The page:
Dashing Gent

Dashing Gent: Leaving old age in the dust, 89-year-old Charles Dotson keeps on running
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Charles Dotson’s house in Lake Junaluska is a short jog from a foot clinic. Nearly every day, he sees people hobbling from their cars into the office. They should take up running, he thinks to himself. It may seem counterintuitive to tell someone in pain to turn to a sport for relief, but it’s a prescription that’s served Dotson well.

Thirty-two years ago he set out on his first run, and now approaching 90, he still feels the benefits. “No medication. Never have had any,” he says, a spry champion who holds a national and several state Senior Games running records. “Not even an aspirin.”

A trim 140 pounds on a five-foot-nine frame, this legend among area road racers looks far younger than his years. Though he reserves the right to reassess that height stat. “I may be less than five-foot-nine now,” he says with a chuckle. “You shrink with age, you know.” Dotson is often the oldest person in the many races he enters, but he’s nowhere near the last to finish, crossing the line at a near sprint. “I don’t like to be second in anything,” he says.

His commitment to running is fueled in part by his vegetarian lifestyle and soy milk smoothies made with vegetable protein powder. He downs at least eight glasses of water a day, whether he’s running or not, and his resting heart rate is 39 beats per minute. For comparison, Lance Armstrong’s uber-efficient heart pumped at 32 to 34 beats per minute while he was in peak training condition. The average resting rate for nonathletes is between 60 and 90.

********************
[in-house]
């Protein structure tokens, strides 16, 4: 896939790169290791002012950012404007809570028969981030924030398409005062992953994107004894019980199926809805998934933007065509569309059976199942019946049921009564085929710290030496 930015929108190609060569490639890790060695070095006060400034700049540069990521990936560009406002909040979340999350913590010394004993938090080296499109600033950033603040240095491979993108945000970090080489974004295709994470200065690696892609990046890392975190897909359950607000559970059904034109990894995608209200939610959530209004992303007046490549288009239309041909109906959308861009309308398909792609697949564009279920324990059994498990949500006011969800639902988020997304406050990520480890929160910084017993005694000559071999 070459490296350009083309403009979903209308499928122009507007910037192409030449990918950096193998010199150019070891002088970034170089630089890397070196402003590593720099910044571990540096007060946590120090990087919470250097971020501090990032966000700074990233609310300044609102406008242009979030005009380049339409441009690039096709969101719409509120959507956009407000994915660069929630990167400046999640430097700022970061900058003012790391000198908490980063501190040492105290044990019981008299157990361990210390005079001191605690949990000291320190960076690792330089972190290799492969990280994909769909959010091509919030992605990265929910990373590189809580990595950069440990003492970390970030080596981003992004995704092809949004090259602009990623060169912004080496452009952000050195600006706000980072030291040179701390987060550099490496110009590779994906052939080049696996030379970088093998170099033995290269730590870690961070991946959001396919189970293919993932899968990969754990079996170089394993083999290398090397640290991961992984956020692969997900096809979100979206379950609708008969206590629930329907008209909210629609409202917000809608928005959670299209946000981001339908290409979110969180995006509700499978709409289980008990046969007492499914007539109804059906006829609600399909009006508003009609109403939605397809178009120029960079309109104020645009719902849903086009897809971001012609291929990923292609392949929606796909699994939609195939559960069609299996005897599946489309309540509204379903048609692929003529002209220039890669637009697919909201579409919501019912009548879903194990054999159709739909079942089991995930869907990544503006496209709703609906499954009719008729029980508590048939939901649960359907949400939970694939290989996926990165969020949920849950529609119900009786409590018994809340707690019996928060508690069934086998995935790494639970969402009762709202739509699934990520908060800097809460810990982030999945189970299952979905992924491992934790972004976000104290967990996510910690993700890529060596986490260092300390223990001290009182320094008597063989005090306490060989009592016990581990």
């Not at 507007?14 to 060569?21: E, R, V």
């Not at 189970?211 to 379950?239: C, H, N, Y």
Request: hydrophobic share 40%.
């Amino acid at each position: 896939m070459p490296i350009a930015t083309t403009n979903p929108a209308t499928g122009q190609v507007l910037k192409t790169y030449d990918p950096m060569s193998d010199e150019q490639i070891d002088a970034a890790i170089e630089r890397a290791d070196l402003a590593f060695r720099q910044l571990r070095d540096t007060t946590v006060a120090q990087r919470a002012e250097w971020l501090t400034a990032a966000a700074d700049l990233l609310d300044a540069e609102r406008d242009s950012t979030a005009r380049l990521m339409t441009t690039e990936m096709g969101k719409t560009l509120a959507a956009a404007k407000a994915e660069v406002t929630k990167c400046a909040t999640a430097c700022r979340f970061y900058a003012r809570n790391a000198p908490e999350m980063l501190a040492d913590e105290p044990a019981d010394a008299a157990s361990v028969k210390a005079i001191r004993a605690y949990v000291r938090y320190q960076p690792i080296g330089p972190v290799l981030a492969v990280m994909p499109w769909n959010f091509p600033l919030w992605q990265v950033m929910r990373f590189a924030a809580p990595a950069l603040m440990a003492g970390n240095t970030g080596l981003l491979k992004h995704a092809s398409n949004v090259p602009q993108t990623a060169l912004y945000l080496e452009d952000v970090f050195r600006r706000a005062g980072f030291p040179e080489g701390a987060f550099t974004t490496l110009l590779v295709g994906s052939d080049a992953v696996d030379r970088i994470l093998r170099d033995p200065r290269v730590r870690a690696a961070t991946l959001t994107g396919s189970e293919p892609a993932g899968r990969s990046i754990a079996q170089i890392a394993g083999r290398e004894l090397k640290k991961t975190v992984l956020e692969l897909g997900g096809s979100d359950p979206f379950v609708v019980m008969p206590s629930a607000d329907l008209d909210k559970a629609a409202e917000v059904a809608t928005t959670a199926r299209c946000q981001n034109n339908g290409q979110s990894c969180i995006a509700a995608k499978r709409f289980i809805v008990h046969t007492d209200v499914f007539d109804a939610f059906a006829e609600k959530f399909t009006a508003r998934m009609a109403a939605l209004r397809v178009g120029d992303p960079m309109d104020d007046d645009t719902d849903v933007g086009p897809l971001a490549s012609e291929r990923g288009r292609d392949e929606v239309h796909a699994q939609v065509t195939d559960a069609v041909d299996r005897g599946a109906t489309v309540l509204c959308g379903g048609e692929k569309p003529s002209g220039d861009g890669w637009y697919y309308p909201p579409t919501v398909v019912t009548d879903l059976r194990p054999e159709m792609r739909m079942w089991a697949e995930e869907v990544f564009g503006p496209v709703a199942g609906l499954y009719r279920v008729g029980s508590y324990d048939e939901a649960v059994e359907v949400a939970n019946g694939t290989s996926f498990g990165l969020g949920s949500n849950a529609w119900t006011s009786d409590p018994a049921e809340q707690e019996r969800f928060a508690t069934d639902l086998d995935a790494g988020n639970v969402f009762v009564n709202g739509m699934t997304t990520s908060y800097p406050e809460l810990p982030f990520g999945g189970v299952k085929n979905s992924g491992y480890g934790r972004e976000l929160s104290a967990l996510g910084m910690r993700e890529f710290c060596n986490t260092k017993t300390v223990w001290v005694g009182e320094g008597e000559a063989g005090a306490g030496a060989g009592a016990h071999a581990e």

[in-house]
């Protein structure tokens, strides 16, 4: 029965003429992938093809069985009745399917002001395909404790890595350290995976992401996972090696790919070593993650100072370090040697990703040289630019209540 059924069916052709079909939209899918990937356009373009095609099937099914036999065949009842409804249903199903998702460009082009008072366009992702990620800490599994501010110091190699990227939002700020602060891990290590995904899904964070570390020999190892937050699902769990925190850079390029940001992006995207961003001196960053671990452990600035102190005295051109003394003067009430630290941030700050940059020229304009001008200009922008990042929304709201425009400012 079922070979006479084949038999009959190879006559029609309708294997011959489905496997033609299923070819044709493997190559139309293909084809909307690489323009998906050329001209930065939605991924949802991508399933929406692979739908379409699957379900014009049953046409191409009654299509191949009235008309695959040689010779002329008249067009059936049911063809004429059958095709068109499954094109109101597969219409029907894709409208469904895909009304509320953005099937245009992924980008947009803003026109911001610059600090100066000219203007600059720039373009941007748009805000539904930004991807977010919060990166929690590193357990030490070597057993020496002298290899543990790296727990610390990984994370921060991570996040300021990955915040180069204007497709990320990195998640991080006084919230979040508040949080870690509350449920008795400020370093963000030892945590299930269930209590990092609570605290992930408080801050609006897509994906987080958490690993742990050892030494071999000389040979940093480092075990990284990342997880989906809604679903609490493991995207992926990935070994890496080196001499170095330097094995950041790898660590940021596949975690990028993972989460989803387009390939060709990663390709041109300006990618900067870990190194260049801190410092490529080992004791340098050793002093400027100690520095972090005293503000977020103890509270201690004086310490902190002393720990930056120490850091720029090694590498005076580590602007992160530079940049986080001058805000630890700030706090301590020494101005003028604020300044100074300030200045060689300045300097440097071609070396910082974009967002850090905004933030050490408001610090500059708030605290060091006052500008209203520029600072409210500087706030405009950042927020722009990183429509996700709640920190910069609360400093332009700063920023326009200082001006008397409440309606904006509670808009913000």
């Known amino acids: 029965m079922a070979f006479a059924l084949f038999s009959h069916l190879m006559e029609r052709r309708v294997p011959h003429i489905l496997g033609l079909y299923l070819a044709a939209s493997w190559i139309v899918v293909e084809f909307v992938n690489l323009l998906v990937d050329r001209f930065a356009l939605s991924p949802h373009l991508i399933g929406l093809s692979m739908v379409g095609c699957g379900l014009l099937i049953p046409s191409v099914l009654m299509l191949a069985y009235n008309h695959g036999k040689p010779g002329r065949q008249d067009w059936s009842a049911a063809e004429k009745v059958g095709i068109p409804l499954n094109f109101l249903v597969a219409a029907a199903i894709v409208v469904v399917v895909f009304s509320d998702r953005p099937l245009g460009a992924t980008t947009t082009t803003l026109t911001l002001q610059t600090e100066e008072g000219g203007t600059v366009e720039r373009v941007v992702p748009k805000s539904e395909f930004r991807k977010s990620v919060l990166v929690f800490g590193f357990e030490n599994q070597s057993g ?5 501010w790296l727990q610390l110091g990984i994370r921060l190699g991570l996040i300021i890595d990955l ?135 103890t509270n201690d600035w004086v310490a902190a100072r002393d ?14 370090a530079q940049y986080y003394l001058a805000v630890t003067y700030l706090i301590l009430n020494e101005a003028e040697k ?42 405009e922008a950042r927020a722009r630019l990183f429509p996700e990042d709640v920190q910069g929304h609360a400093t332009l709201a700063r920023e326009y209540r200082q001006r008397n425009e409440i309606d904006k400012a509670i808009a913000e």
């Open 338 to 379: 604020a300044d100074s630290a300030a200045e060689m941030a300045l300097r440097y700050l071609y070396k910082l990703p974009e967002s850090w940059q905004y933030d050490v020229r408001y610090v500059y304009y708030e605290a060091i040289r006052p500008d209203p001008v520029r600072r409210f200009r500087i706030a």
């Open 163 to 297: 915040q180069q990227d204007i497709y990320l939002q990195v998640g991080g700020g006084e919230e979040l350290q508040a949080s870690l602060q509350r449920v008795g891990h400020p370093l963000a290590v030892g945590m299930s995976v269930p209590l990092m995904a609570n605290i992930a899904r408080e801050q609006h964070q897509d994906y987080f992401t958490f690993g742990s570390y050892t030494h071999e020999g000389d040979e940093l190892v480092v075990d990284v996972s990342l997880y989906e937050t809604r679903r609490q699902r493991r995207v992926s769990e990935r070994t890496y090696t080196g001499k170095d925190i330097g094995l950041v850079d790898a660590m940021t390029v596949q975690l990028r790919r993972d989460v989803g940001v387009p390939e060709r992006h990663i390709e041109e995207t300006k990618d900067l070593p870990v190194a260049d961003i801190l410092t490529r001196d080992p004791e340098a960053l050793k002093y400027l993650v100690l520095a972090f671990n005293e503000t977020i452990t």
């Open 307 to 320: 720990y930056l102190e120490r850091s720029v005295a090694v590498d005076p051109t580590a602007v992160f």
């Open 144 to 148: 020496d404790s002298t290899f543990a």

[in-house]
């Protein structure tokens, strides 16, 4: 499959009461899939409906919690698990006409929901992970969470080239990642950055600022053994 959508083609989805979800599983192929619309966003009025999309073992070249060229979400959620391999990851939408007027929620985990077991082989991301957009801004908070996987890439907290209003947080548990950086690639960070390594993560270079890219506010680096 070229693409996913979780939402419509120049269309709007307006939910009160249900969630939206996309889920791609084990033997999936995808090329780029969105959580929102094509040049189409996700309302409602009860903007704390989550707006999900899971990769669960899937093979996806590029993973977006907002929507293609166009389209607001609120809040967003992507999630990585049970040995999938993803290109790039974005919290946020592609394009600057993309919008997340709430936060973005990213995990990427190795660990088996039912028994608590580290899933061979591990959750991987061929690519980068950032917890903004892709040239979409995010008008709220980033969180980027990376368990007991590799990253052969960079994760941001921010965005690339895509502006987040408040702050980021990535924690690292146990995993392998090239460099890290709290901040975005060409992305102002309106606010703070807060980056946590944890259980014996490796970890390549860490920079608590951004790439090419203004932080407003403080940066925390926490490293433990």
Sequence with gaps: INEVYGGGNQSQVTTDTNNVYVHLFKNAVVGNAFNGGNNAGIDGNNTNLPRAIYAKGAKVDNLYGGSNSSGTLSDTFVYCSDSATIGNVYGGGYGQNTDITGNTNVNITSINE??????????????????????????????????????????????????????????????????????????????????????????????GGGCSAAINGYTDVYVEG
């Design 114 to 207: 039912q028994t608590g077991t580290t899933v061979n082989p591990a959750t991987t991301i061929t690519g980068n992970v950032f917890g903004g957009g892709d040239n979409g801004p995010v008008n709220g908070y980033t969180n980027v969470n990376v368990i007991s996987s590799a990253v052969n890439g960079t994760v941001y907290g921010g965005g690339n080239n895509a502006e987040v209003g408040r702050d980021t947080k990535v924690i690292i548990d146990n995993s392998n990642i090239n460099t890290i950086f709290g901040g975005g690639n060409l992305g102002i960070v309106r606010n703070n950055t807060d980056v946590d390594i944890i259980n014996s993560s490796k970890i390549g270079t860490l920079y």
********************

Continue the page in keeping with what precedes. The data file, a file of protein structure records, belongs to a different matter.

Retired from a career at the former Champion paper mill in Canton, Dotson is out nearly every morning, running at least 2.5 miles. His regular route includes hills and flats, a  mix he needs to train for competitions in the mountains. Until recently, he ran 30 races a year. In 2011, he conquered 26. This year, he expects to run 20 and pace himself with 10Ks or shorter courses. “As I get closer and closer to 90, I think it will be a good idea to do fewer races and less mileage,” he says.  

Years ago, Dotson had reason to be concerned about his health. In those days, he lifted weights, but also ate a lot of red meat and drank whole milk. Family history pointed to possible health problems on the horizon. His father was a smoker who began having heart problems at age 60. His mother died at 65. Three of his cousins had hip or knee replacements.

At 58, he went for a physical and found out his blood pressure was elevated. The doctor, a runner, suggested that Dotson take up the exercise. So he started walking, then picked up the pace. Soon he was up to 2.5 miles. The more he ran, the more he wanted to run. Months later, he entered a 10K in Lake Junaluska and won in his age group. Since then, he’s conquered countless 5Ks and 10Ks and several half marathons. Once, he raced from the Haywood County Courthouse in Waynesville to the Jackson County Courthouse in Sylva (18.6 miles).

Dotson, a member of the Asheville Track Club, still has the competitive fire, though he doesn’t expect to win the broad 70 to 98 age category every time. “If I’m racing someone my age, I go all out. I race to win,” he says. “If I’m racing someone 10 or 20 years younger than me, I run for the pleasure of running.”

This month, he’s looking forward to two events, the Hot August Night 5K in Asheville on August 18, and the Maggie Valley Moonlight 8K on August 25. In September, he’ll run the 400-, 800-, and 1,600-meter, and 5K races in the North Carolina Senior Games finals in Raleigh.

For anyone of advanced years interested in taking up running, Dotson recommends starting slowly, both in pace and distance. Walk first, and when that becomes easy, throw in a jog. Keep it up as long as it feels good. It’s advice Dotson intends to follow himself. “I’ve slowed down, but I’ll never stop,” he says. “As long as I can run pain-free, I’d like to be running when I die.”